"It is clear that not in one thing alone, but in many ways equality and freedom of speech are a good thing."
"People demand freedom of speech as a compensation for the freedom of thought which they seldom use."
- Soren Kierkegaard
Let me preface this little rant with the following statement: I rate all acts of unprovoked and unjustified violence, whether against individuals or the masses, as despicable and inexcusable. There is in my opinion no valid reason to harm or kill people who haven't attempted to harm or kill you first.
I also support freedom of speech. You should have the right to voice your opinion whenever you like without fear of violent retaliation. You should also have the right to ignore other people's opinions or to engage those who hold opinions you disagree with in open discourse.
That being said, I believe that freedom of speech, when placed in the hands of the ignorant, short-sighted, and ego-driven, is a double-edged sword that can cut both ways. The shootings in Paris last week are a painful example of free speech backfiring on those most eager to exercise it.
Before you accuse me of victim-blaming, allow me to elaborate.
Let's pretend for a moment that you hate Mike Tyson with a passion. If you ran into him at the airport, would you exercise your free speech? Would you tell him he's scum or call him a wife-beater, rapist, and ear-biter?
It's not that Tyson would be justified in beating you senseless for insulting him, only that you should know better than to poke an angry bear.
Al Queda, ISIS (or ISIL, or whatever the fuck they're calling themselves now), and other extremists are crazed, wounded bears. Free speech your ass off bro, but if you toss insults at those bears, you should expect to be mauled.
Is this to say that radical Islam should be left untouched? That we should reprimand people who criticize religion or sensor magazines, blogs, and news articles to avoid offending certain people?
Of course not.
Radicalism, be it theological, ideological, or political, is a mind-virus that spreads like wild fire under the right conditions. These conditions are ignorance, poverty, oppression, and disillusionment. Anyone who tells you that all the answers to your problems can be found in a 1,500 year old book is a bold-faced liar, and the only way you'll believe that lie is if you're poor, ignorant, and angry enough.
The answer is never found at the polar extremes but somewhere between the two, in the nebulous grey zone. Radical ideologies are oversimplifications; they create the illusion that only two valid answers exist to a certain question. They force a "this or that" scenario onto people even when no such scenario exists.
When you buy into one of these answers, you trade freedom of thought for freedom of speech.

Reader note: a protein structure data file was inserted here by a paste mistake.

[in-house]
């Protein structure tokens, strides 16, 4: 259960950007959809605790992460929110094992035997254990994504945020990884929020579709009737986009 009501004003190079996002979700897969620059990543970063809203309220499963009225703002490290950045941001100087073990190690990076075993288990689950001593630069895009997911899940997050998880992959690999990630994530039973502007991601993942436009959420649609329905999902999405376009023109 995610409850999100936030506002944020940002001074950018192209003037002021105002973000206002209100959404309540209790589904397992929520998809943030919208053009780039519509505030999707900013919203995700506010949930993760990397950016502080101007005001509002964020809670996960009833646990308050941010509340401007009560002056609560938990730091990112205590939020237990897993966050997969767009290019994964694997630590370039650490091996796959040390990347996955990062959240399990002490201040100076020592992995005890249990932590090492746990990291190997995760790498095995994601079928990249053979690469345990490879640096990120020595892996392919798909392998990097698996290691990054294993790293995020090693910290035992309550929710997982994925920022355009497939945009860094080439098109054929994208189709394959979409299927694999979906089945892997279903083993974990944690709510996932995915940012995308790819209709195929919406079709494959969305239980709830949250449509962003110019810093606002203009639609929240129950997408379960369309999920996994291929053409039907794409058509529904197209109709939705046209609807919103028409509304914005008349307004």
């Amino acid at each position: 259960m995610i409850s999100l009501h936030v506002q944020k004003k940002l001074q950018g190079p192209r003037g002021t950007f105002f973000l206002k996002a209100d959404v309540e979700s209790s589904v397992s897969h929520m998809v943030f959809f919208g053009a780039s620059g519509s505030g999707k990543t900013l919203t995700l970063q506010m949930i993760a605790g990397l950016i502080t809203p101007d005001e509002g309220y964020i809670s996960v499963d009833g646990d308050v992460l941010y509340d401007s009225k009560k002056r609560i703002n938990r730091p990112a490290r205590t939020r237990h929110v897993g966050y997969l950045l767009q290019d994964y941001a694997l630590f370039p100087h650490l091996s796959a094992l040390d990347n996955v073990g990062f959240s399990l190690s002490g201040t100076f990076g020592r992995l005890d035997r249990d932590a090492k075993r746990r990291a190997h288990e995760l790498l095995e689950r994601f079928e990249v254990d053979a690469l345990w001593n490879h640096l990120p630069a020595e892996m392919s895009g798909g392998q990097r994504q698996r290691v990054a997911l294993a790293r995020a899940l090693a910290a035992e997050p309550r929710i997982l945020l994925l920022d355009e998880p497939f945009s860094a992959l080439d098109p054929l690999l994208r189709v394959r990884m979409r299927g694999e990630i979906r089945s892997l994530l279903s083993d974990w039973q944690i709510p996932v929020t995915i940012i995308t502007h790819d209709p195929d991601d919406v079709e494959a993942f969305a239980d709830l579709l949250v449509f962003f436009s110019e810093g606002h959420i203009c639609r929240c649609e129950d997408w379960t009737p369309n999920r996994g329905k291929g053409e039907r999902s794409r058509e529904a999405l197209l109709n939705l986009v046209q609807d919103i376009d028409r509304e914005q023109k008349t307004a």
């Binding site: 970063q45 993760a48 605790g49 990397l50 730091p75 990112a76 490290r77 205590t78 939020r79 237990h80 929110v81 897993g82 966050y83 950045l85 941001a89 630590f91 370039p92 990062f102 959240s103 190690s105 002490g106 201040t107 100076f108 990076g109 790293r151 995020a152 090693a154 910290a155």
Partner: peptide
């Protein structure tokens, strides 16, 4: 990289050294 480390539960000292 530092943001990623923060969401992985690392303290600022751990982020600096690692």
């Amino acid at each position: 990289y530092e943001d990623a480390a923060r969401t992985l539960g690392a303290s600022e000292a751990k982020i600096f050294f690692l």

A lot of these "new" (see: radical) atheists pretend to be modern-day crusaders liberating believers from the shackles of religion. They claim that, behind the sarcasm and venom lurks a concern for the wellbeing of their fellow humans.
They would have us believe they champion truth and education, but one need only look at their methods to see that words and deeds don't align.
If radical ideologies perpetuate themselves best when certain conditions abound, and we know what those conditions are, shouldn't we try to alleviate them? Isn't that the best way to fight the good fight?
I'm no teacher but I'm pretty sure scorn, mockery, and insults are horrible ways to teach anyone anything. You want to convince a group of people that their ways are wrong? Try not profaning their holiest symbols first. That sorta kills the dialogue.
These anti-theists and radical atheists aren't solving any problems: they're making them worse.
Charlie Hebdo, the magazine targeted by the radicals in Paris, made a point of taunting some of the most unstable and dangerous people on the planet. These terrorists are so disillusioned with the world they live in and so hateful of Westerners that they would gladly die just to take a few of infidels down with them.
Those twelve people certainly didn't deserve to die, but is it surprising that they did? Not really, especially considering Charlie Hebdo was bombed only three years ago. The people who worked and died for that magazine are the sorriest martyrs I've ever heard of, but they're martyrs nonetheless: they died for their cause.
Do you own a magazine and want to wage war against radical Islam? Here's what you do: superimpose pictures of atrocities committed in Allah's name with passages from the Qu'ran that prohibit said atrocities.
|"What actions are most excellent? To gladden the heart of human beings, to feed the hungry, to help the afflicted, to lighten the sorrow of the sorrowful, and to remove the sufferings of the injured."|
"How is that a solution? Terrorists are beyond educating. They don't want to talk or 'be saved;' they just want to kill infidels."
True, education and respectful dialogue won't stop terrorists, but neither will drawing pictures of Muhammad blowing the pope. Truth is, the most extreme cases are beyond repair.
The goal isn't to save the guys wearing bomb-vests--once you resolve to give your life in Allah's name, it's probably too late for you--it's to prevent Muslims from putting on the vest in the first place.
If you want to help, do anything but troll.
Unless of course you never wanted to help in the first place. In that case, be a troll. Say what you want, poke fun, satirize, whatever: it's your right and I'll defend it with you if anyone tries to take it away.
Just don't pretend you're on a noble crusade to spread truth and save those who have been deceived by evil organized religion.
(P.S. Terrorist attacks always spark off a bunch of this "Islam is a religion of hate" nonsense. People love to demonize the youngest of the Abrahamic religions, quoting brutal passages as evidence that it is far worse than both Judaism and Christianity. I'll tackle this topic in my next post so stay tuned.)